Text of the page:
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Title: Turbulent mixing and removal of ozone within an Amazon rainforest canopy

Simultaneous profiles of turbulence statistics and mean ozone mixing ratio are used to establish a relation between eddy diffusivity and ozone mixing within the Amazon forest. A one–dimensional diffusion model is proposed and used to infer mixing time scales from the eddy diffusivity profiles. Data and model results indicate that during daytime conditions, the upper (lower) half of the canopy is well (partially) mixed most of the time and that most of the vertical extent of the forest can be mixed in less than an hour. During nighttime, most of the canopy is predominantly poorly mixed, except for periods with bursts of intermittent turbulence. Even though turbulence is faster than chemistry during daytime, both processes have comparable time scales in the lower canopy layers during nighttime conditions. Nonchemical loss time scales (associated with stomatal uptake and dry deposition) for the entire forest are comparable to turbulent mixing time scale in the lower canopy during the day and in the entire canopy during the night, indicating a tight coupling between turbulent transport and dry deposition and stomatal uptake processes. Because of the significant time of day and height variability of the turbulent mixing time scale inside the canopy, it is importantmore » to take it into account when studying chemical and biophysical processes happening in the forest environment. In conclusion, the method proposed here to estimate turbulent mixing time scales is a reliable alternative to currently used models, especially for situations in which the vertical distribution of the time scale is relevant.« less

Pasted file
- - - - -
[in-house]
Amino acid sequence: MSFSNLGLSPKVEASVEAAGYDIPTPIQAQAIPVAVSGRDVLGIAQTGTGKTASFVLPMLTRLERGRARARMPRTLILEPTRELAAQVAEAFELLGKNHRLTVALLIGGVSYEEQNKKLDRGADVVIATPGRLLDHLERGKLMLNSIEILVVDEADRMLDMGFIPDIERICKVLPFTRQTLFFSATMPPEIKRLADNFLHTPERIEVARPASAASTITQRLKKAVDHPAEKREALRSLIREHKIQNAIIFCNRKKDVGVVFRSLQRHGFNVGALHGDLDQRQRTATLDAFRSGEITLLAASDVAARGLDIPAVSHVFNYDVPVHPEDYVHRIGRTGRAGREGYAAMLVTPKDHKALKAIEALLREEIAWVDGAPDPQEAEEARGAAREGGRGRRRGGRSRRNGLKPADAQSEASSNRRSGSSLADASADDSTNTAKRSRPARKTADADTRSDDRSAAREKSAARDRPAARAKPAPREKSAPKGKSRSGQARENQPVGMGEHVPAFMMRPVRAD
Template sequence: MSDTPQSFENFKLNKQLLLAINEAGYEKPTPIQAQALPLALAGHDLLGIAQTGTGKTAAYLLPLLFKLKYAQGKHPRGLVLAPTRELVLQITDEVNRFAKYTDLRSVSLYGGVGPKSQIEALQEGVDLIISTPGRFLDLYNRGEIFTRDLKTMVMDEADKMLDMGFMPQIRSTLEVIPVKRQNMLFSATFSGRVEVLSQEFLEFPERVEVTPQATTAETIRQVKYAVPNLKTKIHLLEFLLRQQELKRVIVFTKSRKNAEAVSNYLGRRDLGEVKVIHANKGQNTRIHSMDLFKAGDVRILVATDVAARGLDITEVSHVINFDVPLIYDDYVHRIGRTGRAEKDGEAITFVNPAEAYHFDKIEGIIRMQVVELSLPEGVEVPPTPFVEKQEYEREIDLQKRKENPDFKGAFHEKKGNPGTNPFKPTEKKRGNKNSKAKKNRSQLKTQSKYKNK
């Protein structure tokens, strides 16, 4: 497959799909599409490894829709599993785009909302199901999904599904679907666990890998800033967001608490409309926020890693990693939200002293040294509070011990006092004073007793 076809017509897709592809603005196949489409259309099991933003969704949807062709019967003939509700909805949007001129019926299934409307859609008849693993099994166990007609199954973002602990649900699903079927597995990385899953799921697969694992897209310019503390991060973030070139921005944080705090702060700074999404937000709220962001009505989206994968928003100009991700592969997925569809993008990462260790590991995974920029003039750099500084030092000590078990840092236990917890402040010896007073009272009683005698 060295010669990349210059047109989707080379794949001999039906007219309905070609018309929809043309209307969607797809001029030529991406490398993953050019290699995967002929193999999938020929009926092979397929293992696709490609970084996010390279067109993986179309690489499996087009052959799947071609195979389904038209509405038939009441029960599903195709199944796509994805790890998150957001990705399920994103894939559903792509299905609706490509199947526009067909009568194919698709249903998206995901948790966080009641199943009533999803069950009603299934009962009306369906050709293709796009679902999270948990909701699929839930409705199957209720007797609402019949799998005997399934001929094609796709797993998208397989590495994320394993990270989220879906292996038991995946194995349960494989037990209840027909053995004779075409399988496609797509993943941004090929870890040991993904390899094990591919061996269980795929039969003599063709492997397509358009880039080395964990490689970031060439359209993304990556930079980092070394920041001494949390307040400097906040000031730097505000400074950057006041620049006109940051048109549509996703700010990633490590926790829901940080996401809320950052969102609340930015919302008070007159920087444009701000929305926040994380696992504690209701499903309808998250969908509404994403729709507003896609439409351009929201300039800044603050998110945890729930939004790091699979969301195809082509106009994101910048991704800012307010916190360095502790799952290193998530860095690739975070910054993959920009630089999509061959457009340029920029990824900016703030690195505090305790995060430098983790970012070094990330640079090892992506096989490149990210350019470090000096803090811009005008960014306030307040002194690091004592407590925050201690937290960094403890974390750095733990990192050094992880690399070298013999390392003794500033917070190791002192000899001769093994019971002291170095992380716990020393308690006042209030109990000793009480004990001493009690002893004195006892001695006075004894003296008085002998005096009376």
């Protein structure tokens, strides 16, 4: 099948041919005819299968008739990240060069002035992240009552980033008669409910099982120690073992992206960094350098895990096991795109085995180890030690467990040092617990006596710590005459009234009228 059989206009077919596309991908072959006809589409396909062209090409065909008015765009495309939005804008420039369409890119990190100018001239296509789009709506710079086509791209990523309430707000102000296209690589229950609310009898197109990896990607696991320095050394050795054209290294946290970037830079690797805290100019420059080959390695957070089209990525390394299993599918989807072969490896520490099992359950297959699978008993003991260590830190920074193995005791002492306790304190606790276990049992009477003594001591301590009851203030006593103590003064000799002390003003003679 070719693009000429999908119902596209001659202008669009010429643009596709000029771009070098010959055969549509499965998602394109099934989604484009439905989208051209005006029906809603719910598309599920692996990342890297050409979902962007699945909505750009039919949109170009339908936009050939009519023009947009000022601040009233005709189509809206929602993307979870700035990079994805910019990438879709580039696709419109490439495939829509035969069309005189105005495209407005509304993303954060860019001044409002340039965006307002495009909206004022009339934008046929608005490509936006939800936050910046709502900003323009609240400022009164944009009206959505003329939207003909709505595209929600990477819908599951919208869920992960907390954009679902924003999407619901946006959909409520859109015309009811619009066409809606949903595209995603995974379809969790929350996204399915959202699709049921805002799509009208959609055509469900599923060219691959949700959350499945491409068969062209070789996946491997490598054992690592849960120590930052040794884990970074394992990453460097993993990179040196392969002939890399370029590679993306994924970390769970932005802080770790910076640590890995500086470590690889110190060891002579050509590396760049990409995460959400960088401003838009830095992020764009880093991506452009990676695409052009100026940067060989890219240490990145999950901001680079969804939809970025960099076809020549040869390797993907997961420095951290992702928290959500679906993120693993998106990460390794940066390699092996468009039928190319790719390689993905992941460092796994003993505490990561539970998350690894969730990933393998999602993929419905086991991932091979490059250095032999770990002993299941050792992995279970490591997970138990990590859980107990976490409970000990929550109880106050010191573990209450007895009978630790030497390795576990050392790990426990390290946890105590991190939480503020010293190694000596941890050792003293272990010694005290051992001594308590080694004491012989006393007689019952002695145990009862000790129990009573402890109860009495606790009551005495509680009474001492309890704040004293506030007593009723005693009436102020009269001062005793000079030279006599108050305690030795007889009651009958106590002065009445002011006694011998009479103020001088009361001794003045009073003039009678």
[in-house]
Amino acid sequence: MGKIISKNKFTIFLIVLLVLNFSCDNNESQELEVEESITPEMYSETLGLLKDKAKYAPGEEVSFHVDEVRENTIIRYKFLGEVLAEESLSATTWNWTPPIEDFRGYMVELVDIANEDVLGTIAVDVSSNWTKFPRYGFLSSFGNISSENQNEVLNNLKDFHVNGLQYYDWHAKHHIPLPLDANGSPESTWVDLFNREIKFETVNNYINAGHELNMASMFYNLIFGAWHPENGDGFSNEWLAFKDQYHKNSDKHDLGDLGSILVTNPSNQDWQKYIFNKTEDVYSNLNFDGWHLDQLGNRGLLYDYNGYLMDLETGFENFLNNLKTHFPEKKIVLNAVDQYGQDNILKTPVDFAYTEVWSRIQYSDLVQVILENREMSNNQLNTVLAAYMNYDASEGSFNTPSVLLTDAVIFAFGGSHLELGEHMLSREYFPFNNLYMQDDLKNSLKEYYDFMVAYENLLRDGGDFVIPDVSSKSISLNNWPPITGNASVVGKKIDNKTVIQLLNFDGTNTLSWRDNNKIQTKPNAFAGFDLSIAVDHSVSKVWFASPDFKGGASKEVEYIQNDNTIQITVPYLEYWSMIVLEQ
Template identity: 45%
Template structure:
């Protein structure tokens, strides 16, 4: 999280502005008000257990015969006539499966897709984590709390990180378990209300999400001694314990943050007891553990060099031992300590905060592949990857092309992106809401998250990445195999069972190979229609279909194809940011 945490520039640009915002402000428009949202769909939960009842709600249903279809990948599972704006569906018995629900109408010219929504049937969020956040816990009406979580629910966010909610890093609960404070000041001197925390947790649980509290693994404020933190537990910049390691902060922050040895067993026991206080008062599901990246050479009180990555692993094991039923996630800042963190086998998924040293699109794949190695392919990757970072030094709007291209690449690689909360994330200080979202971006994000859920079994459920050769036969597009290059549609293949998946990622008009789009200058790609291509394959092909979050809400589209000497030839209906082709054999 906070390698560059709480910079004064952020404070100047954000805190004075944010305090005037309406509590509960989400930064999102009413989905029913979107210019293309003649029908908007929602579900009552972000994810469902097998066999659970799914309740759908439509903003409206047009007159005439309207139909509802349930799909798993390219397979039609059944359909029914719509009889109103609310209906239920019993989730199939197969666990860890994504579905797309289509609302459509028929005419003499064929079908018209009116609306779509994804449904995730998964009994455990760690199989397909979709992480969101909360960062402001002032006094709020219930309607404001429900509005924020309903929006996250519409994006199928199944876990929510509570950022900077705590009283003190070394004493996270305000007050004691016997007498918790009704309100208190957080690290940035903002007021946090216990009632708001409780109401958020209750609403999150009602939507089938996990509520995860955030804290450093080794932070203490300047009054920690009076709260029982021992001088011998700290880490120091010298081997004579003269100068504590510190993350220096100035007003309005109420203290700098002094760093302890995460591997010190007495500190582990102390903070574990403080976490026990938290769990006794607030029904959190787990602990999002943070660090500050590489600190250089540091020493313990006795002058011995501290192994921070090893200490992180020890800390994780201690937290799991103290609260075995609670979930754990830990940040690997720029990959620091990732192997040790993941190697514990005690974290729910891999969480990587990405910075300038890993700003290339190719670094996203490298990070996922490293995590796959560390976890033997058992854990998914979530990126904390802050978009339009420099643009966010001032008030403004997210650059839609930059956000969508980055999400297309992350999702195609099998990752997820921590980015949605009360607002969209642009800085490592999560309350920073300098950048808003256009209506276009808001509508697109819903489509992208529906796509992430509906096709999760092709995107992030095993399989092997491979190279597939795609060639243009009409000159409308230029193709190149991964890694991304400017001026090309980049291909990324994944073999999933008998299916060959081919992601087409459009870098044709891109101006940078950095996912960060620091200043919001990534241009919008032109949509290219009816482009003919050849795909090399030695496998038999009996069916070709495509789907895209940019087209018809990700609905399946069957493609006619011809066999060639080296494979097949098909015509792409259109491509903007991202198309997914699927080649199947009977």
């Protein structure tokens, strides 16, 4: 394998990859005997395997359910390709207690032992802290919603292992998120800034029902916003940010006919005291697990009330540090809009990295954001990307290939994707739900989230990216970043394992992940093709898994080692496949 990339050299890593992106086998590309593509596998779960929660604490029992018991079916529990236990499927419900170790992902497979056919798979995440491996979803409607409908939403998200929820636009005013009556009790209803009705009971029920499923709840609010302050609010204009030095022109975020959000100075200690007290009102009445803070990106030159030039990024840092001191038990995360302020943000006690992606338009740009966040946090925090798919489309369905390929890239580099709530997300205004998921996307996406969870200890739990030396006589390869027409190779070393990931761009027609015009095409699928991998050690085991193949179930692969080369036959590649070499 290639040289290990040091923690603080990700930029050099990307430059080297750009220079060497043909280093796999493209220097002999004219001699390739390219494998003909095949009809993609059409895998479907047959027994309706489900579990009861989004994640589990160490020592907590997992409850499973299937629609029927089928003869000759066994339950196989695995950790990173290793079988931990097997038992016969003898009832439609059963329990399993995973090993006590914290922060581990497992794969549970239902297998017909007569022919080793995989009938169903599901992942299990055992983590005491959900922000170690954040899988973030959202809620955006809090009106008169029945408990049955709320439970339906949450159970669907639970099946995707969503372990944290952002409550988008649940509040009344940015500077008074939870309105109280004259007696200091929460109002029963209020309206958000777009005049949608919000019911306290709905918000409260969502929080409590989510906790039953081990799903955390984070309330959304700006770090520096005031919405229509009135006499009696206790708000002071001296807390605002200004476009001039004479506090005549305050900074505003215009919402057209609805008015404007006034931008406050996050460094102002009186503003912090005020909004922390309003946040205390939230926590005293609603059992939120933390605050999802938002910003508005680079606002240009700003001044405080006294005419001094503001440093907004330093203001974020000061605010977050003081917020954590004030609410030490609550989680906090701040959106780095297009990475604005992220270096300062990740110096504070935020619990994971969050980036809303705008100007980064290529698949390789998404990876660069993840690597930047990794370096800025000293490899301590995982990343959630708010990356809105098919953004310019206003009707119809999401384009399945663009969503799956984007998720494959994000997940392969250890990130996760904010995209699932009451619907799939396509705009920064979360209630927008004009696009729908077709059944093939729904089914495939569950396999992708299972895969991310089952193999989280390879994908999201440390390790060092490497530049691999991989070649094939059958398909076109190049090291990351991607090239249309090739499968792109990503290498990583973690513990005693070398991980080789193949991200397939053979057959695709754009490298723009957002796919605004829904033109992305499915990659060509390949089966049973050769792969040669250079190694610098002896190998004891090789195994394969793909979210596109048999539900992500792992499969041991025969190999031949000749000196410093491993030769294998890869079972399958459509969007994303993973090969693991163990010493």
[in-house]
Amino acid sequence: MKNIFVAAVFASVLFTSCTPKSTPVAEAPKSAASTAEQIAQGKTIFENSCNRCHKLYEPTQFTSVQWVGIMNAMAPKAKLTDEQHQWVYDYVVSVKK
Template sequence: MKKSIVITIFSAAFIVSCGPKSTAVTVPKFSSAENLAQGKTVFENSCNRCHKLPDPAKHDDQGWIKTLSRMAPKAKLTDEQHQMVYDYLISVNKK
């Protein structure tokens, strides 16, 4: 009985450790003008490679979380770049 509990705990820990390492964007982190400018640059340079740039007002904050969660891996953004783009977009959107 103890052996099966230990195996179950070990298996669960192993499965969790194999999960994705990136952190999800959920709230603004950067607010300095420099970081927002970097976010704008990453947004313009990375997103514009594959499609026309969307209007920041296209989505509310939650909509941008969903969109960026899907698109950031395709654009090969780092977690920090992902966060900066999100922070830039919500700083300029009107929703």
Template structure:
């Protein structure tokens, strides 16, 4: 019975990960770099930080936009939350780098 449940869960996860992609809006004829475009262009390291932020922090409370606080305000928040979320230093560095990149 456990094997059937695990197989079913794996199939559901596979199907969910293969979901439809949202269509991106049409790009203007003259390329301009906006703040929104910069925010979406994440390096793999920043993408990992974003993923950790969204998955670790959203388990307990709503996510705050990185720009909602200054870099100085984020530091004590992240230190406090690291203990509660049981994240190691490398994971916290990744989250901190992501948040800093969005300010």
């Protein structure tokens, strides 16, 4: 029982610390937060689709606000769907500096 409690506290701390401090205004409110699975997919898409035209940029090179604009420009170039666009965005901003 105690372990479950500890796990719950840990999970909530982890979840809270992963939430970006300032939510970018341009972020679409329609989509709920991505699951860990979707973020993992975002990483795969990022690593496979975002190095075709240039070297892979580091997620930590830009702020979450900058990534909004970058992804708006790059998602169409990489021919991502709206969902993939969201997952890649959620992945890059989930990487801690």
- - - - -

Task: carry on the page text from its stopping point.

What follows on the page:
Authors:
ORCiD logo [1] ; ORCiD logo [2] ; ORCiD logo [1] ;  [1] ; ORCiD logo [1] ; ORCiD logo [3] ; ORCiD logo [4] ; ORCiD logo [5] ; ORCiD logo [6]
  1. Pennsylvania State Univ., University Park, PA (United States)
  2. Pennsylvania State Univ., University Park, PA (United States); Montana State Univ., Bozeman, MT (United States)